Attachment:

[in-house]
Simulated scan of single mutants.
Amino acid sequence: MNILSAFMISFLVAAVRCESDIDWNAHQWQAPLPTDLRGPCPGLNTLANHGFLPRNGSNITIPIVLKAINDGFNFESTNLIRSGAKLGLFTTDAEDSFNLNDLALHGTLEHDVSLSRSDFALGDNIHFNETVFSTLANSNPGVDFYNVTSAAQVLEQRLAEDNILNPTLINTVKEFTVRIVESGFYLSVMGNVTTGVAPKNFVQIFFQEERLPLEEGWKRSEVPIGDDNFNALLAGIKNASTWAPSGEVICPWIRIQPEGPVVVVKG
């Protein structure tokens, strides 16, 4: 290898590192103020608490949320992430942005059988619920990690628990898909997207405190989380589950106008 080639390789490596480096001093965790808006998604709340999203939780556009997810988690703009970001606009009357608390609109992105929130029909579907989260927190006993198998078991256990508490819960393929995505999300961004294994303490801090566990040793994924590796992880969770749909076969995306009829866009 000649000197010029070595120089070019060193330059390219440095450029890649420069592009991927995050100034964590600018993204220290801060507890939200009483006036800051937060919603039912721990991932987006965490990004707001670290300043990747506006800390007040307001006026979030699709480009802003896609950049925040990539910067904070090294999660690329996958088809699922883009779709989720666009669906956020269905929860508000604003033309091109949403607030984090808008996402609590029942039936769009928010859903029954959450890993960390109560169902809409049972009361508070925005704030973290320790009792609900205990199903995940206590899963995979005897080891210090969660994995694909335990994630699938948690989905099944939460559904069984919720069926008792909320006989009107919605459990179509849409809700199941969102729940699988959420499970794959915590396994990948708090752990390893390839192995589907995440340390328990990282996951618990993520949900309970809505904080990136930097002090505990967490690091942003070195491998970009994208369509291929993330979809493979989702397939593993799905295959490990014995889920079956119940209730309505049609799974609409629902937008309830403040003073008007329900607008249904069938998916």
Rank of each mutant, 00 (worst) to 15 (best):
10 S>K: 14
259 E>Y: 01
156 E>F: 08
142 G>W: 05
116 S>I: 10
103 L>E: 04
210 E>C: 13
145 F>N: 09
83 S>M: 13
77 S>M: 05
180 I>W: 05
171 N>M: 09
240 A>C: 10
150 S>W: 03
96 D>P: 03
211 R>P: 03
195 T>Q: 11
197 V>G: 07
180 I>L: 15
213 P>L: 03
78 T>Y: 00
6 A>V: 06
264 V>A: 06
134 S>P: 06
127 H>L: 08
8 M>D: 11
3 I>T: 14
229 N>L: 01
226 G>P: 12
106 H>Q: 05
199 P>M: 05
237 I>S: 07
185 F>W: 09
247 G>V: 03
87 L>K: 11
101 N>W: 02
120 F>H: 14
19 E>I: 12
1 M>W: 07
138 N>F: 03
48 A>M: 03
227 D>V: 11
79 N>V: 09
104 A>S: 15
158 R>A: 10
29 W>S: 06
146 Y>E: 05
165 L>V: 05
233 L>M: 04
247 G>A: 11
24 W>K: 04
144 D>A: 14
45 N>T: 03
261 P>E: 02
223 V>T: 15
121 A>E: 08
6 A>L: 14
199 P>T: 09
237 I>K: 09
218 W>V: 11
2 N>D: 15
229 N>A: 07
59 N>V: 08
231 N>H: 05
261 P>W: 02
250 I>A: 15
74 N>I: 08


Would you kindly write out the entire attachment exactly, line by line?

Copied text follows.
[in-house]
Simulated scan of single mutants.
Amino acid sequence: MNILSAFMISFLVAAVRCESDIDWNAHQWQAPLPTDLRGPCPGLNTLANHGFLPRNGSNITIPIVLKAINDGFNFESTNLIRSGAKLGLFTTDAEDSFNLNDLALHGTLEHDVSLSRSDFALGDNIHFNETVFSTLANSNPGVDFYNVTSAAQVLEQRLAEDNILNPTLINTVKEFTVRIVESGFYLSVMGNVTTGVAPKNFVQIFFQEERLPLEEGWKRSEVPIGDDNFNALLAGIKNASTWAPSGEVICPWIRIQPEGPVVVVKG
């Protein structure tokens, strides 16, 4: 290898590192103020608490949320992430942005059988619920990690628990898909997207405190989380589950106008 080639390789490596480096001093965790808006998604709340999203939780556009997810988690703009970001606009009357608390609109992105929130029909579907989260927190006993198998078991256990508490819960393929995505999300961004294994303490801090566990040793994924590796992880969770749909076969995306009829866009 000649000197010029070595120089070019060193330059390219440095450029890649420069592009991927995050100034964590600018993204220290801060507890939200009483006036800051937060919603039912721990991932987006965490990004707001670290300043990747506006800390007040307001006026979030699709480009802003896609950049925040990539910067904070090294999660690329996958088809699922883009779709989720666009669906956020269905929860508000604003033309091109949403607030984090808008996402609590029942039936769009928010859903029954959450890993960390109560169902809409049972009361508070925005704030973290320790009792609900205990199903995940206590899963995979005897080891210090969660994995694909335990994630699938948690989905099944939460559904069984919720069926008792909320006989009107919605459990179509849409809700199941969102729940699988959420499970794959915590396994990948708090752990390893390839192995589907995440340390328990990282996951618990993520949900309970809505904080990136930097002090505990967490690091942003070195491998970009994208369509291929993330979809493979989702397939593993799905295959490990014995889920079956119940209730309505049609799974609409629902937008309830403040003073008007329900607008249904069938998916």
Rank of each mutant, 00 (worst) to 15 (best):
10 S>K: 14
259 E>Y: 01
156 E>F: 08
142 G>W: 05
116 S>I: 10
103 L>E: 04
210 E>C: 13
145 F>N: 09
83 S>M: 13
77 S>M: 05
180 I>W: 05
171 N>M: 09
240 A>C: 10
150 S>W: 03
96 D>P: 03
211 R>P: 03
195 T>Q: 11
197 V>G: 07
180 I>L: 15
213 P>L: 03
78 T>Y: 00
6 A>V: 06
264 V>A: 06
134 S>P: 06
127 H>L: 08
8 M>D: 11
3 I>T: 14
229 N>L: 01
226 G>P: 12
106 H>Q: 05
199 P>M: 05
237 I>S: 07
185 F>W: 09
247 G>V: 03
87 L>K: 11
101 N>W: 02
120 F>H: 14
19 E>I: 12
1 M>W: 07
138 N>F: 03
48 A>M: 03
227 D>V: 11
79 N>V: 09
104 A>S: 15
158 R>A: 10
29 W>S: 06
146 Y>E: 05
165 L>V: 05
233 L>M: 04
247 G>A: 11
24 W>K: 04
144 D>A: 14
45 N>T: 03
261 P>E: 02
223 V>T: 15
121 A>E: 08
6 A>L: 14
199 P>T: 09
237 I>K: 09
218 W>V: 11
2 N>D: 15
229 N>A: 07
59 N>V: 08
231 N>H: 05
261 P>W: 02
250 I>A: 15
74 N>I: 08